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This afternoon, the ducks are more than one mile from their pond-home, surrounded on three sides by the ranch homes of an extended family in my neighborhood. Everyone knows these ducks, evidently tamed for decades by the loving-kindness that surrounds them. Toddlers with their moms often stop and feed them. Opposite their fenced-enclosure, a faded yellow and black sign, “Duck Crossing,” alerts pedestrians and motorists, alike, to their presence.

Perhaps wearied by their trek, the ducks squat upon mounds of fresh grass moistened by misty rains; their two speckled companions, not photographed, are nearby, still exploring a puddle. The white duck, like a Joan of Arc, appears to lead the others on their jaunts. Then as abruptly as they began, they stop as other ducks swell the pond and mating takes off in earnest. And so it has been for the last fifteen years.

But yesterday, I heard the ducks outdid themselves, venturing onto a major thoroughfare, stopping traffic in four lanes until they waddled across, drawing quizzical smiles from most motorists.

Would that all peoples could be as free-spirited, as instinct-directed, as open-minded as our neighborhood ducks; even the black one with the limp participates fully with the others. Would that we could practice heart-acceptance, despite our differences and stop throwing around terms like, cancel culture that only feed the glaring divide among us.  

Perhaps learn to lighten up when spring waddles of ducks begin. Creator God would have it so.

At 5:45 A.M., I awoke with this big dream:

Two black stallions, bejeweled and sleek, find their way into my backyard.

Rarely do I remember dreams from this depth of my unconscious as discovered by the Swiss psychiatrist Dr. Carl Jung in the early 1900s. Called the collective unconscious, it includes genetically inherited material in symbolic form, not shaped by personal experience. The personal unconscious deals with repressed material from consciousness from whence most of my dream emanate.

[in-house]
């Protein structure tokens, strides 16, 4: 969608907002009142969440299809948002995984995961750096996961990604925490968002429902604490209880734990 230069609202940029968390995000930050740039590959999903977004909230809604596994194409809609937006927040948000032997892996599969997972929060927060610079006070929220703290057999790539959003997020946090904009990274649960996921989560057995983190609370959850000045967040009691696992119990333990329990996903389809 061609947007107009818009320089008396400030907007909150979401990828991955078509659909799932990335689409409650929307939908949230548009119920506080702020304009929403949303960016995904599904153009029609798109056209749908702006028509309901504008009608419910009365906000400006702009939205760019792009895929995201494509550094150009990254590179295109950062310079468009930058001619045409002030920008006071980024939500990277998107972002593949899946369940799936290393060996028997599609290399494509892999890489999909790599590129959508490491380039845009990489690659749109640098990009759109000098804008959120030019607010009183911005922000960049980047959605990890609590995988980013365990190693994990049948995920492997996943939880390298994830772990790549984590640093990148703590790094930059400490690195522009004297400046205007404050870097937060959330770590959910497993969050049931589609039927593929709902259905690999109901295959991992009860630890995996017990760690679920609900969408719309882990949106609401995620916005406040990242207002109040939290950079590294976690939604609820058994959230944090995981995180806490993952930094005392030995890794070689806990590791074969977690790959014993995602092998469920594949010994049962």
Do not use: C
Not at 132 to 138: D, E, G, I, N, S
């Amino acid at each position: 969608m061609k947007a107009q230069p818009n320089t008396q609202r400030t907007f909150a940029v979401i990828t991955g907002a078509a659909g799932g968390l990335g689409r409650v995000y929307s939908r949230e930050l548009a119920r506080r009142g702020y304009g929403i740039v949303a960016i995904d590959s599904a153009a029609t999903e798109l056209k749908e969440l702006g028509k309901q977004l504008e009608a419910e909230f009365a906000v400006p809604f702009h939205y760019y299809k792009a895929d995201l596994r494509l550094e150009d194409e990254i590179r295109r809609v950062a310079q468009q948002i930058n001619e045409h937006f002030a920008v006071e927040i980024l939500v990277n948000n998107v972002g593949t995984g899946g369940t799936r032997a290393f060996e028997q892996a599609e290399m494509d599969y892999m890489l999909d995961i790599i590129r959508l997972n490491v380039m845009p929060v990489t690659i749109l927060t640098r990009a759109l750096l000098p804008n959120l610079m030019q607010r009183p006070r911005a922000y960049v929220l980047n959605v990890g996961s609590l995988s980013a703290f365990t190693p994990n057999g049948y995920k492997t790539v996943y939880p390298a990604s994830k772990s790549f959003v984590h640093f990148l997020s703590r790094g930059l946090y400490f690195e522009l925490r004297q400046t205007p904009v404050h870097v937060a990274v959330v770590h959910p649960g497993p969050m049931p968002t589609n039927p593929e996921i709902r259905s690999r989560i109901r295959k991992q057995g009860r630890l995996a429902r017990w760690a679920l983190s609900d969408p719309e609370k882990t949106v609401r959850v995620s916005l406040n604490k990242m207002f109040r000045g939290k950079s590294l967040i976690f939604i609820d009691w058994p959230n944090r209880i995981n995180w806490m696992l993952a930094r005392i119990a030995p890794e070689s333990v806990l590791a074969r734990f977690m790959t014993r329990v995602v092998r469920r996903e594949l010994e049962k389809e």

So it’s the gift of two black stallions, bejeweled and sleek, to reflect upon this morning—I still remember how they looked at me, their deep souls enticing me into their world, nurturing and warm: I was content to remain there. But their adornment intrigued me—halters crafted with rich gem stones. Indeed, these horses were from another realm and I was to learn from them.

It was a question of listening, moment by moment.

Because my physical waning creates more limits, narrows my outer world, and tempers my attitude, I must remain with this morning’s gift of the two black stallions. Let them fortify my psyche with masculine energy, beauty, affection, speed, and grace, all symbolic traits of stallions that will guide me toward my ultimate destiny of unending joy.  

Perhaps in that realm, more black stallions, bejeweled and sleek, will play.How Creator God will smile…

If you love the truth, be a lover of silence. Silence like the sun will illuminate you in God.” A trenchant saying attributed to the seventh-century Isaac the Syrian, Bishop, theologian, and monk, and regarded as a saint by the Eastern Orthodox Church.

Simple words, if pondered, reveal the unseen caught in the flux of time. Key to this process is passion, whose firelight, like the sun, ignites inner worlds.

It does not take much to see who is truly alive among us: their quickening gaze, their resonant voices, their authority, of whatever age. They just seem to know. One was of these my teacher.

Her name was Ocie, a hospice patient, a city-dweller whose silent-hilarity infused her cramped bungalow with faded shutters set atop a hill. Bookcases of salt and pepper shakers from travels with her deceased husband and stacks of dust-covered photo albums jammed the front room. On the porch off the kitchen were stacked cages she had used for breeding canaries. Of scant importance were her shriveled right side, her perilous gait, her cropped white hair, her fingernails still dirtied from back-porch gardening. No pretense about her whatsoever. She’d been in the fire and loved to share the story with all who sat around her kitchen table.

I was among them.

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